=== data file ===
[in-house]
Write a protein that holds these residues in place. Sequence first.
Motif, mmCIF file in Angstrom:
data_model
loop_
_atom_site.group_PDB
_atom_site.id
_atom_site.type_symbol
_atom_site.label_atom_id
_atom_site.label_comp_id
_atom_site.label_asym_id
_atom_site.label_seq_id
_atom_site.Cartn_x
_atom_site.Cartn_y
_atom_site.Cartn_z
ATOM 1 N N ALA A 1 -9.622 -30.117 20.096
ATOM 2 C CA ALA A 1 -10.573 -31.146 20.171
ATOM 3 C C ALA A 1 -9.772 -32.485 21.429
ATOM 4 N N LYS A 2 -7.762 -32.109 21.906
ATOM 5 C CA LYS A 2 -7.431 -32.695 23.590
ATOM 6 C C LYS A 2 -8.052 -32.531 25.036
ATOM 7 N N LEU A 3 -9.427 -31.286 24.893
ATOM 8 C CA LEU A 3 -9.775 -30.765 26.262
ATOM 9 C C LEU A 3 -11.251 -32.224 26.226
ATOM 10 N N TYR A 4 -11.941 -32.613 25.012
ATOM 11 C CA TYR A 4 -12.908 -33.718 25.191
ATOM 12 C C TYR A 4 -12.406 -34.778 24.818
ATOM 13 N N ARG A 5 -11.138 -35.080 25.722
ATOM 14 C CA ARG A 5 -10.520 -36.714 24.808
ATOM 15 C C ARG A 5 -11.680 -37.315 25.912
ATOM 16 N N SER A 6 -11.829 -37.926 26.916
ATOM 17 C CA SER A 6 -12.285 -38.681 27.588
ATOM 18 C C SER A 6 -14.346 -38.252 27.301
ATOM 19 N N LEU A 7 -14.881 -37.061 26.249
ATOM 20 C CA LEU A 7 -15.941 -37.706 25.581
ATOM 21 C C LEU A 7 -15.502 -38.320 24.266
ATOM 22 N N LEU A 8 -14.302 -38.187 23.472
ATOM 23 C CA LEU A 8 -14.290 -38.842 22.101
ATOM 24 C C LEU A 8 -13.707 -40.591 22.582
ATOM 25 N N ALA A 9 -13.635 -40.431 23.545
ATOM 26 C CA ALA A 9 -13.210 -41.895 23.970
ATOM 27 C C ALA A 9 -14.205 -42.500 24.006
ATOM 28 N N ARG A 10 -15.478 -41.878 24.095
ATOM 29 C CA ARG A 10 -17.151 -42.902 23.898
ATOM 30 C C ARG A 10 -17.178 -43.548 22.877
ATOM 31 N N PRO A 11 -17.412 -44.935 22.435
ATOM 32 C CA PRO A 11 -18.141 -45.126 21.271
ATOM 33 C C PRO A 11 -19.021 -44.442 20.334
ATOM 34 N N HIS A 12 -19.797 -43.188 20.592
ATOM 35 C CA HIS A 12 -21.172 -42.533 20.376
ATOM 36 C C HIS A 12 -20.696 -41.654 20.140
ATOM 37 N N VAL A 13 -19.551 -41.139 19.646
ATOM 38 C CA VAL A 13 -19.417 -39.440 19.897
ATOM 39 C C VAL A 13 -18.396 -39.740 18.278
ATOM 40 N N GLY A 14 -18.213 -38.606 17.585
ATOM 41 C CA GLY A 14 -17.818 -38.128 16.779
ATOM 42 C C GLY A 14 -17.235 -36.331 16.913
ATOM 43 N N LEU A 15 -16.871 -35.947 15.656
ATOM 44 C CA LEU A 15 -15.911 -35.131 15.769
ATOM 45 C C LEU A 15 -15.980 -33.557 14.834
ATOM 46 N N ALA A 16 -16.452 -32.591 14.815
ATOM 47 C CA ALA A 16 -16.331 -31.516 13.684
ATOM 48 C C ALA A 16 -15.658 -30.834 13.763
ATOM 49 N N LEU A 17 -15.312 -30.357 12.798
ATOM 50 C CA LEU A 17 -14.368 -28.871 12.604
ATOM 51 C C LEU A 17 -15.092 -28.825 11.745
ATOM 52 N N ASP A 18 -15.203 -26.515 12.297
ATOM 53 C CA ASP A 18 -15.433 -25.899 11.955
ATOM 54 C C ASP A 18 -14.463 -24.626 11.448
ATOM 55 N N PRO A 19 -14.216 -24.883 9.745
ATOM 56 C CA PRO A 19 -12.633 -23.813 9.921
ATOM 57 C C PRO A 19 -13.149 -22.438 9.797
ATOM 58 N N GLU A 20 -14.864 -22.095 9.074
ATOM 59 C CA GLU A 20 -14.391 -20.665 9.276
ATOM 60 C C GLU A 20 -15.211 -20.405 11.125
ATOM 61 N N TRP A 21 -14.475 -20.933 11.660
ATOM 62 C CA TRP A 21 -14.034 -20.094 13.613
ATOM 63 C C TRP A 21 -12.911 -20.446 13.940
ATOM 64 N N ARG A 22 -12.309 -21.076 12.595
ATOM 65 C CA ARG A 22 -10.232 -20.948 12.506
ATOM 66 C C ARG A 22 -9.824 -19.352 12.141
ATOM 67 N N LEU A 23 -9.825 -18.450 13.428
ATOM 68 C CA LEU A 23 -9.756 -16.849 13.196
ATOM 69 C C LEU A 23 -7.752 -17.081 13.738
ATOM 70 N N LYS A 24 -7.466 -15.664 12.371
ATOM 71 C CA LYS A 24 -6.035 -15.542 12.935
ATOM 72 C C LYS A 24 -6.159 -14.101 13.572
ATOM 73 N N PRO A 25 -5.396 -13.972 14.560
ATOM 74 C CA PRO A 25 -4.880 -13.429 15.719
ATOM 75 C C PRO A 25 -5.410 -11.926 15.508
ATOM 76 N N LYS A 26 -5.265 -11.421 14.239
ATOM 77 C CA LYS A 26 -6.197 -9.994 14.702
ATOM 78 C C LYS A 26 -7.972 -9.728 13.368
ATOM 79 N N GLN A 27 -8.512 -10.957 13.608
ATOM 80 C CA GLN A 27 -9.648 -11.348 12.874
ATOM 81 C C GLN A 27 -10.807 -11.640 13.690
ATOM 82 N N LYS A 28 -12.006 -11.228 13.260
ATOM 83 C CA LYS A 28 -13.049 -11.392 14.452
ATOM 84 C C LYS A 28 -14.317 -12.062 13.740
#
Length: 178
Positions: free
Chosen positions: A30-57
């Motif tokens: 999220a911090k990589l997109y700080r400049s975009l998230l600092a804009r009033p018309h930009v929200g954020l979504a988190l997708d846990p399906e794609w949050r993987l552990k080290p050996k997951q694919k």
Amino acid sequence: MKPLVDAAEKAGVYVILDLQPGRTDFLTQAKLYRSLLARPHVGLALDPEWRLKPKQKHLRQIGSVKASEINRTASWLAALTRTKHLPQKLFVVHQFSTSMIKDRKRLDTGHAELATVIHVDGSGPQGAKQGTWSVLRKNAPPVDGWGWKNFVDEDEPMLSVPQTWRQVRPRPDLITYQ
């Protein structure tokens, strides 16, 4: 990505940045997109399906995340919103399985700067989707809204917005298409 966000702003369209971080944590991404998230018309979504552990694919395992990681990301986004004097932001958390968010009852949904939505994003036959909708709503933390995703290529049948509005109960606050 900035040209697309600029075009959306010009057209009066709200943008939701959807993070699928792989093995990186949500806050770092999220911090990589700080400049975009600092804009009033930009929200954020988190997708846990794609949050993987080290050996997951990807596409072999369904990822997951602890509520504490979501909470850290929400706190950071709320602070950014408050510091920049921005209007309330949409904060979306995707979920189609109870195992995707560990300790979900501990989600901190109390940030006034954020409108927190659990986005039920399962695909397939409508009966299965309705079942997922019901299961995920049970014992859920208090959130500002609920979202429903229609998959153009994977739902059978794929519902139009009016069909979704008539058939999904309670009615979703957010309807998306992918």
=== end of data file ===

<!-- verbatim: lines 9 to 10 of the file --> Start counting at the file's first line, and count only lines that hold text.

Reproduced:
_atom_site.label_atom_id
_atom_site.label_comp_id